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Dental Implants

Your Third Set of Teeth

By Dr. Edwin S. Rosenberg


Full crown placed on dental implant.
Figure 2: Illustration showing an example of a full crown restoration placed on an individual implant.
3-unit bridge with pontic.
Figure 3: Illustration showing an example of a 3-unit bridge with a pontic (replacement tooth) placed between two implant crowns.
Removable partial denture.
Figure 4: Illustration showing an example of a permanent bridge supported by multiple implants which has attachments for a removable partial denture.
Figure 5: Illustration showing an example of two implants for attachment and stabilization of the mandibular denture protecting the underlying bone.
Dental implant for anchorage.
Figure 6: Illustration showing an example of a how an implant can be used for anchorage during orthodontic therapy to straighten tipped teeth.
Micro-mini dental implants.
Figure 7: Illustration showing micro-mini “temporary” implants providing a non-removable temporary bridge while permanent implants attach to the underlying bone.

One and Two Stage Systems

In some implant systems the implants are placed, covered with the gum tissue and left to integrate or fuse to the bone. In these two stage systems, the implant is uncovered (stage two) and a small connector, called a “healing abutment” is attached to the implant which connects it to the mouth above the gum. The gum tissue heals around it. After a 4-6 week period crowns can be fabricated for tooth replacement. In the one stage system the implant is left exposed at surgery, slightly protruding through the gum tissue. The two stage systems are initially more protective, however each system has its place, merits and indications.

Types of Implants and Restorations

There are now more than 40 different types of what can now be termed traditional or standard implants available today. There are also two others, mini and micro-mini implants. Mini implants are like traditional implants but usually smaller in diameter where as micro-mini implants are a variation of the now more traditional implant design, but smaller, narrower and more screw like in appearance, they are more temporary in nature and designed to be easily removed.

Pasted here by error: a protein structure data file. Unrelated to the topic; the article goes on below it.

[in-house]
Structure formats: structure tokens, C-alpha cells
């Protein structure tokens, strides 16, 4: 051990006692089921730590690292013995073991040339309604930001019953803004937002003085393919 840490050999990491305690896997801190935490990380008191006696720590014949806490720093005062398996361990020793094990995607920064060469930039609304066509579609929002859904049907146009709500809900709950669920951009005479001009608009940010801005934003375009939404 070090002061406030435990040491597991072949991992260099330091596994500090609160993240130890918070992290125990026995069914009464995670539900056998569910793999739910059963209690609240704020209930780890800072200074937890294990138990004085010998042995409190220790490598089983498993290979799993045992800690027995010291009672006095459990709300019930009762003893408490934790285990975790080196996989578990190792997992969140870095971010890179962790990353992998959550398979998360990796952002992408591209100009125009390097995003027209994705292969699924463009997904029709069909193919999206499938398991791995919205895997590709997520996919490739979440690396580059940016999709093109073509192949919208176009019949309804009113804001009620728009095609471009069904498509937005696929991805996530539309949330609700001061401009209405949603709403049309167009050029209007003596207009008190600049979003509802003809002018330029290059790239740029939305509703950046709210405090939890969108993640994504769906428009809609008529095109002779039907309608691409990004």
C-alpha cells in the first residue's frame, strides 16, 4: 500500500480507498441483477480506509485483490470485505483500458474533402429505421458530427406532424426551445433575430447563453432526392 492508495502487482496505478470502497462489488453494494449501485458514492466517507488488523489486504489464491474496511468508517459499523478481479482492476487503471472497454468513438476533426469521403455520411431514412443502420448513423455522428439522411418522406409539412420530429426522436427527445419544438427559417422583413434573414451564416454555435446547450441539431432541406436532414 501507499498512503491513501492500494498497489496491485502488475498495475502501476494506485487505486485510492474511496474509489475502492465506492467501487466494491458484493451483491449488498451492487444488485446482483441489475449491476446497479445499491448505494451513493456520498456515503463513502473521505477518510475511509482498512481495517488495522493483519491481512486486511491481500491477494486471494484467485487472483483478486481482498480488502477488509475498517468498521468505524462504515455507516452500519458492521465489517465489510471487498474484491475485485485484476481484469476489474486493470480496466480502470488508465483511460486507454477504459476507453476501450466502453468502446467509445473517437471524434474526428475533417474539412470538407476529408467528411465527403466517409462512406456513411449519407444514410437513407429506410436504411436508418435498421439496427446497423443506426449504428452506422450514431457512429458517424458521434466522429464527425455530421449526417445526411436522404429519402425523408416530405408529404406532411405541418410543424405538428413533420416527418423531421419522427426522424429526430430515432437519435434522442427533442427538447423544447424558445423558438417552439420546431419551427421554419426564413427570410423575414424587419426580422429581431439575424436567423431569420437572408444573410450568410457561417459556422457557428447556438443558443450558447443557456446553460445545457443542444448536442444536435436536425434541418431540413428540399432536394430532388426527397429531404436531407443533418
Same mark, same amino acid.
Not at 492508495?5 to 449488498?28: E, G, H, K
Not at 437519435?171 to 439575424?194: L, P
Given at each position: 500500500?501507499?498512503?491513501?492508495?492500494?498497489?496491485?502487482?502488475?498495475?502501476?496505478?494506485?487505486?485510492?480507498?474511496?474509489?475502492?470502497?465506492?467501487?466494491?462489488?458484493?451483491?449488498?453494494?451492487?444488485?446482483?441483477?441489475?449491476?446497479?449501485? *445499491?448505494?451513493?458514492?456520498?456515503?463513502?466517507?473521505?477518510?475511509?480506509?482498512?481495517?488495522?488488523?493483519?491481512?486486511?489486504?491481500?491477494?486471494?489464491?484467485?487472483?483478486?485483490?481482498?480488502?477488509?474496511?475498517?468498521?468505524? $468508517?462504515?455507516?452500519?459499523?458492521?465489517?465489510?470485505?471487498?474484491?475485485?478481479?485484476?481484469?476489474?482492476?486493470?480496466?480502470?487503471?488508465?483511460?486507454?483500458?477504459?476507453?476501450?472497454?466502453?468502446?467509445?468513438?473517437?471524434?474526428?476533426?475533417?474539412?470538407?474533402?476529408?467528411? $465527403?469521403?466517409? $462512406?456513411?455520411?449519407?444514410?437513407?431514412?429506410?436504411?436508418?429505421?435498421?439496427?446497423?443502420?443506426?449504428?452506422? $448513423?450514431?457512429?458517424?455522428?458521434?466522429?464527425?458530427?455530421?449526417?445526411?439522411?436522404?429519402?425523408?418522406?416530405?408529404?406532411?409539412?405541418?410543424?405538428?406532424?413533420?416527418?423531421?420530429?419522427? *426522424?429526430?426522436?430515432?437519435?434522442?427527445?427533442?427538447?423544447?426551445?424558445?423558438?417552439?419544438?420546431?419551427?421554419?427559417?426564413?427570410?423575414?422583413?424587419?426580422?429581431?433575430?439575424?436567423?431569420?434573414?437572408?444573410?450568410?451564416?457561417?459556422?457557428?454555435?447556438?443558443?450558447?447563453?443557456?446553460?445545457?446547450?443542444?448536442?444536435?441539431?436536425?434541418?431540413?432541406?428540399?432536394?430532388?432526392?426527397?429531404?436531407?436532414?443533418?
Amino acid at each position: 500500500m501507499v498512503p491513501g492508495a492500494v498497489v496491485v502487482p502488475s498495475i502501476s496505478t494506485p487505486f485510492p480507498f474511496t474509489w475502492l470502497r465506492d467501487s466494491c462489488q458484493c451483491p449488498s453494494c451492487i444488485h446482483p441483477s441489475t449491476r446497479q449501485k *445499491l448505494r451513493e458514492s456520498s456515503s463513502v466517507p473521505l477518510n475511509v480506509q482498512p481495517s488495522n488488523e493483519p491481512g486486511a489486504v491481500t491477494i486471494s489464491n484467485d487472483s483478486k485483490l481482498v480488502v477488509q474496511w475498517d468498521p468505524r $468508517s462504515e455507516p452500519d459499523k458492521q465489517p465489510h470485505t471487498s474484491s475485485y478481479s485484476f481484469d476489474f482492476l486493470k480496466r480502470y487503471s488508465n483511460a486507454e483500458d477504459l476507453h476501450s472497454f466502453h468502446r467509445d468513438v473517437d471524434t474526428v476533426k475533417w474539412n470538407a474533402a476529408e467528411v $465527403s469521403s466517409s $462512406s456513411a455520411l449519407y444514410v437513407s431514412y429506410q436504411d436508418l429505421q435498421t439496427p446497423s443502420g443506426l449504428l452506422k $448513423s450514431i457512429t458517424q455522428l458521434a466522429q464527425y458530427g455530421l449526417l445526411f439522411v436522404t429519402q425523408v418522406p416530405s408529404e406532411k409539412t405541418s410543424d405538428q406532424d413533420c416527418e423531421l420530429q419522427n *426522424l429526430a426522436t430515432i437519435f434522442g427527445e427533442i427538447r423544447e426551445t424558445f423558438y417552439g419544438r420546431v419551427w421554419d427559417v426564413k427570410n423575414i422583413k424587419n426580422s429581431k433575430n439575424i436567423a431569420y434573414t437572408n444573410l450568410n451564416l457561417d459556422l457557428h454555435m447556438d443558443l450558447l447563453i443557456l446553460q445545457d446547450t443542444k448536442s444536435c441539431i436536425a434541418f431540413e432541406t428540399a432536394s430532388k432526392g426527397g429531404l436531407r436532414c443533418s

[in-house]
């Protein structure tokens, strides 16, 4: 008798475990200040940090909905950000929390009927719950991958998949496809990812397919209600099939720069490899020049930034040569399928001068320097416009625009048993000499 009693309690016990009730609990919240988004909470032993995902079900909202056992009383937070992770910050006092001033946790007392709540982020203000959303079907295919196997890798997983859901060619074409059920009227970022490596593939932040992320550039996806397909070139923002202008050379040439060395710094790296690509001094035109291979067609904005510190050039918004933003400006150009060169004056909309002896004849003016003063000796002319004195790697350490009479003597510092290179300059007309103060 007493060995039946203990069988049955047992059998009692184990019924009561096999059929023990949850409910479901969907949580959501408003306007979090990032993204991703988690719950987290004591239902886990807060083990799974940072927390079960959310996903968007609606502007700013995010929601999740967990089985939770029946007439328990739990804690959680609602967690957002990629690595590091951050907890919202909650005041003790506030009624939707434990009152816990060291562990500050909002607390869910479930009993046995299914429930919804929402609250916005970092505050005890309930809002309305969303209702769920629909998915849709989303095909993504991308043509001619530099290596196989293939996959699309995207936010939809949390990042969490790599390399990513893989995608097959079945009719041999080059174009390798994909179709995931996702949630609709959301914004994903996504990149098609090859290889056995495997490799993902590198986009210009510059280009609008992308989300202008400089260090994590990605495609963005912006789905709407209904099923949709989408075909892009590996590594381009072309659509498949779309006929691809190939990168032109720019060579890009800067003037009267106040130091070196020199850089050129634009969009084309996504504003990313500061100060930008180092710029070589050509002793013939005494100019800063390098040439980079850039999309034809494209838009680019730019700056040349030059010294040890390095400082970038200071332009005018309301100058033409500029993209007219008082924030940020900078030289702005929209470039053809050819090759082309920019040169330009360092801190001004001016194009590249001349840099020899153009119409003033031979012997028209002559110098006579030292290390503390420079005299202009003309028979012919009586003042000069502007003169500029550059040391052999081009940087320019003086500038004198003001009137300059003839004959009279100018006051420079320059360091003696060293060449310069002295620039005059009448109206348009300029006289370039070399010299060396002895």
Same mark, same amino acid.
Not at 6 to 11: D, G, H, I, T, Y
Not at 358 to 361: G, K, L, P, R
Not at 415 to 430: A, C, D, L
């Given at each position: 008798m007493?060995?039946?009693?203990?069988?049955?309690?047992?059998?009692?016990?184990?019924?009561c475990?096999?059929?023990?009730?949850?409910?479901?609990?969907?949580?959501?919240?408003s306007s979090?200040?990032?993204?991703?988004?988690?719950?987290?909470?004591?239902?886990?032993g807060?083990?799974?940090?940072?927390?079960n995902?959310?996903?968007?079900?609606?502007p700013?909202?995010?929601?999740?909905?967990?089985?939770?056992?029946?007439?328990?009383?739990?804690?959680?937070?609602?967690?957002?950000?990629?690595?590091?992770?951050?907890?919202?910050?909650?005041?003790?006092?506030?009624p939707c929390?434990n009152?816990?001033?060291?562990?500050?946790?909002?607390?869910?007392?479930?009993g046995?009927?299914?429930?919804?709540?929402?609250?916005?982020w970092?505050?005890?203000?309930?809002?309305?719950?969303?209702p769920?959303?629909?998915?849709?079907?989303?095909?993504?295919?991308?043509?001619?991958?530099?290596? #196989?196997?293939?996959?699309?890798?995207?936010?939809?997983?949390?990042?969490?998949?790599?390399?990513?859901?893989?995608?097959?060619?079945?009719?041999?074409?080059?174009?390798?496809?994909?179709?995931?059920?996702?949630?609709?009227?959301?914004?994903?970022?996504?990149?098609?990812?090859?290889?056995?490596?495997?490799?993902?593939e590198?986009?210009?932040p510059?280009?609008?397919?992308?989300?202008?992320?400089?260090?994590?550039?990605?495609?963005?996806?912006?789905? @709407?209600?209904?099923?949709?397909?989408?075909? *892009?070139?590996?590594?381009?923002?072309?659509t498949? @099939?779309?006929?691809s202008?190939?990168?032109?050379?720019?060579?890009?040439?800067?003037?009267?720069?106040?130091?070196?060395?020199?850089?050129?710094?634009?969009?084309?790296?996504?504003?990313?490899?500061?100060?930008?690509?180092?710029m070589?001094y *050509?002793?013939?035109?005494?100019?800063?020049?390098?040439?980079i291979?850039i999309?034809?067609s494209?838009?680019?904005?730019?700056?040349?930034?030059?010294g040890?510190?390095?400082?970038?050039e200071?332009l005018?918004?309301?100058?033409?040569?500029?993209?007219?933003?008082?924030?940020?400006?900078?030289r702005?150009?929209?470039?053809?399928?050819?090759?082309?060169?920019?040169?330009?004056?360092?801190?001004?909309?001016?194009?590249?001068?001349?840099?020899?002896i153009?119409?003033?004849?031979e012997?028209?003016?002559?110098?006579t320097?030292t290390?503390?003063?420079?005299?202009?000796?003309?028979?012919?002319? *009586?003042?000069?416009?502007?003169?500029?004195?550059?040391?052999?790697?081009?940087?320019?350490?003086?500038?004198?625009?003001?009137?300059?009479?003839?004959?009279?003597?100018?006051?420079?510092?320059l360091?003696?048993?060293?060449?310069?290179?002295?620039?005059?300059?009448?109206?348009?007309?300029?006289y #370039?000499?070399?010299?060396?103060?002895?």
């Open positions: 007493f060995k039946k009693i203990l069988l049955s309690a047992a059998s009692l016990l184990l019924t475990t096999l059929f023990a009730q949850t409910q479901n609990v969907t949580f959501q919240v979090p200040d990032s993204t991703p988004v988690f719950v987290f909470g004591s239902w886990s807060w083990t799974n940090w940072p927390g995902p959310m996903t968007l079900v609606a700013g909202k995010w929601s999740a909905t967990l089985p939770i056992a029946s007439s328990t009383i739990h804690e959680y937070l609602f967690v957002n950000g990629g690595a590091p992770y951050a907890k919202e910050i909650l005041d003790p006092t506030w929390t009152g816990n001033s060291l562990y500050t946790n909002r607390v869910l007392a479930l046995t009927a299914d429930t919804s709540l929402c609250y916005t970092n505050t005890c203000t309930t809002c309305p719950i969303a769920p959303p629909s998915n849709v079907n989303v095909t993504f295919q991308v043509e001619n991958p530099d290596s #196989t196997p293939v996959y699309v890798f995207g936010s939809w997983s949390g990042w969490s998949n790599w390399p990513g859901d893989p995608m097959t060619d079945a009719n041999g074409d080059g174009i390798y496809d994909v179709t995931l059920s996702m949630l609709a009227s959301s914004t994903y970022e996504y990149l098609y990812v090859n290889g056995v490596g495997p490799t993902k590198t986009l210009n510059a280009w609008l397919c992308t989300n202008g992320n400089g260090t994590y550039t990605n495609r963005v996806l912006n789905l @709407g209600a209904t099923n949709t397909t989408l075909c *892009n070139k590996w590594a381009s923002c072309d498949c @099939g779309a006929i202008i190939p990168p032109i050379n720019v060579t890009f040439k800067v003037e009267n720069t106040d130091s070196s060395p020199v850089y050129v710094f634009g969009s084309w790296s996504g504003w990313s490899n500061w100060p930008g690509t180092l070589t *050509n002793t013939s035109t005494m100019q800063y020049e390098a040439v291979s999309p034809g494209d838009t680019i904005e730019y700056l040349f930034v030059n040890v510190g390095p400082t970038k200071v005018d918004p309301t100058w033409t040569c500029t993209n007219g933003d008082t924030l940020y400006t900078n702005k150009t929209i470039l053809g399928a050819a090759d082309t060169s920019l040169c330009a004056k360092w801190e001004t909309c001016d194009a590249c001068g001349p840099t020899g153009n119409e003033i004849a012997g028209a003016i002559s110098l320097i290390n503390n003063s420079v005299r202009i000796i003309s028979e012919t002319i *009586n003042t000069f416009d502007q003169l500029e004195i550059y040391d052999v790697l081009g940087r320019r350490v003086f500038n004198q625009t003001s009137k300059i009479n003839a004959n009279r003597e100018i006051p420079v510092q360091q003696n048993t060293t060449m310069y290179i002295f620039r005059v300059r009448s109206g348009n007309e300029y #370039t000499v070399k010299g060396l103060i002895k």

Types of Implant Restorations:

  • Single tooth replacements: use one implant and as the name suggests support a single crown [Fig. 2].
  • Multiple tooth replacements: multiple missing teeth can be replaced with multiple implants supporting fixed bridgework as small as a 3-unit bridge supported by two implants, or with multiple implants supporting a greater number of teeth. Usually a minimum number of 4-8 implants are needed to replace a full arch (jaw) of teeth, 10 or more crowns by fixed bridgework [Fig. 3].
  • Combinations of fixed and removable bridgework: generally where implants are used to support a section of fixed bridgework, to which is attached a removable section [Fig. 4].
  • Over-dentures: where two or more implants, either standard or mini-implants, are placed to provide stabilization of the denture and preserve the underlying bone. Whereas most traditional full dentures press directly on the gum and bone causing bone loss by resorption, implant supported over-dentures protect the bone. Over-dentures are now considered the standard of care by the American Dental Association for the patients who have lost all of their teeth in one or both jaws [Fig. 5].
  • Anchorage for tooth movement (orthodontics): Implants, either standard, mini, or micro-mini implants, are now being used to provide very stable and non-movable anchor units to allow quicker and easier tooth movement [Fig. 6].
  • Temporary bridgework: utilize micro-mini implants which are later removed when the permanent implants are healed and teeth permanently replaced. They ensure that at no time will a person be without teeth and can therefore be socially comfortable and functional [Fig. 7].

Your dentist will select the type of implant that has been evaluated for bio-compatibility, supporting research and to provide tooth replacement.